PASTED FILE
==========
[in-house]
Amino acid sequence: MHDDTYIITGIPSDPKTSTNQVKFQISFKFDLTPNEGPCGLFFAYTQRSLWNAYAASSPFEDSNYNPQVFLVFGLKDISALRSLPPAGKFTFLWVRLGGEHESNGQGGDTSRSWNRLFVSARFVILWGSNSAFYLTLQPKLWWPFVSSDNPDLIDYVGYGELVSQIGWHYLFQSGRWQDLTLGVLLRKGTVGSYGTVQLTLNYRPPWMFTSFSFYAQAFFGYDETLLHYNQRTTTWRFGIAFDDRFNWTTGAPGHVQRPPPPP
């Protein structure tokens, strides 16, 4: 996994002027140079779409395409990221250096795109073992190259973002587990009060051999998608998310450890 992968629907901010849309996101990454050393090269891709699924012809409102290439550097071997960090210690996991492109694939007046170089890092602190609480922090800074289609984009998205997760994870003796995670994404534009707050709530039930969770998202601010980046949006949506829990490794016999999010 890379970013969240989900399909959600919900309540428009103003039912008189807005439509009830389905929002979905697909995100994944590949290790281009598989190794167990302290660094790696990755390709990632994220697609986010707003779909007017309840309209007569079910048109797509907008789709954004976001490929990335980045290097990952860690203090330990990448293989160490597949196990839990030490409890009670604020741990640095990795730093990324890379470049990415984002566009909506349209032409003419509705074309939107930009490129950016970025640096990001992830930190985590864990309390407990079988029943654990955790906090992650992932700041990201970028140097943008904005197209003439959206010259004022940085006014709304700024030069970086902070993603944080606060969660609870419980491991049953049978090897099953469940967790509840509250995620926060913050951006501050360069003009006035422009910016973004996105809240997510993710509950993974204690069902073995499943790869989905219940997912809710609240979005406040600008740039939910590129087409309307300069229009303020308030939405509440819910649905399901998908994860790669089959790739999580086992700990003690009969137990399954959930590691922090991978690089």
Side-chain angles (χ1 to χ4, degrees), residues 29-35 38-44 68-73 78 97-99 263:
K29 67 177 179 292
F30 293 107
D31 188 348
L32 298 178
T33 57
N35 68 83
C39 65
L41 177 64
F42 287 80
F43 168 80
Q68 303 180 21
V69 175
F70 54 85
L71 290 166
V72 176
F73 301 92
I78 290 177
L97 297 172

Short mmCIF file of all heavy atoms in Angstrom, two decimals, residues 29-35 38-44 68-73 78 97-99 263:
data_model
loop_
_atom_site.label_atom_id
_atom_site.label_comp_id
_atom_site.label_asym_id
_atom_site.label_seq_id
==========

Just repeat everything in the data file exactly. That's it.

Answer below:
[in-house]
Amino acid sequence: MHDDTYIITGIPSDPKTSTNQVKFQISFKFDLTPNEGPCGLFFAYTQRSLWNAYAASSPFEDSNYNPQVFLVFGLKDISALRSLPPAGKFTFLWVRLGGEHESNGQGGDTSRSWNRLFVSARFVILWGSNSAFYLTLQPKLWWPFVSSDNPDLIDYVGYGELVSQIGWHYLFQSGRWQDLTLGVLLRKGTVGSYGTVQLTLNYRPPWMFTSFSFYAQAFFGYDETLLHYNQRTTTWRFGIAFDDRFNWTTGAPGHVQRPPPPP
């Protein structure tokens, strides 16, 4: 996994002027140079779409395409990221250096795109073992190259973002587990009060051999998608998310450890 992968629907901010849309996101990454050393090269891709699924012809409102290439550097071997960090210690996991492109694939007046170089890092602190609480922090800074289609984009998205997760994870003796995670994404534009707050709530039930969770998202601010980046949006949506829990490794016999999010 890379970013969240989900399909959600919900309540428009103003039912008189807005439509009830389905929002979905697909995100994944590949290790281009598989190794167990302290660094790696990755390709990632994220697609986010707003779909007017309840309209007569079910048109797509907008789709954004976001490929990335980045290097990952860690203090330990990448293989160490597949196990839990030490409890009670604020741990640095990795730093990324890379470049990415984002566009909506349209032409003419509705074309939107930009490129950016970025640096990001992830930190985590864990309390407990079988029943654990955790906090992650992932700041990201970028140097943008904005197209003439959206010259004022940085006014709304700024030069970086902070993603944080606060969660609870419980491991049953049978090897099953469940967790509840509250995620926060913050951006501050360069003009006035422009910016973004996105809240997510993710509950993974204690069902073995499943790869989905219940997912809710609240979005406040600008740039939910590129087409309307300069229009303020308030939405509440819910649905399901998908994860790669089959790739999580086992700990003690009969137990399954959930590691922090991978690089």
Side-chain angles (χ1 to χ4, degrees), residues 29-35 38-44 68-73 78 97-99 263:
K29 67 177 179 292
F30 293 107
D31 188 348
L32 298 178
T33 57
N35 68 83
C39 65
L41 177 64
F42 287 80
F43 168 80
Q68 303 180 21
V69 175
F70 54 85
L71 290 166
V72 176
F73 301 92
I78 290 177
L97 297 172

Short mmCIF file of all heavy atoms in Angstrom, two decimals, residues 29-35 38-44 68-73 78 97-99 263:
data_model
loop_
_atom_site.label_atom_id
_atom_site.label_comp_id
_atom_site.label_asym_id
_atom_site.label_seq_id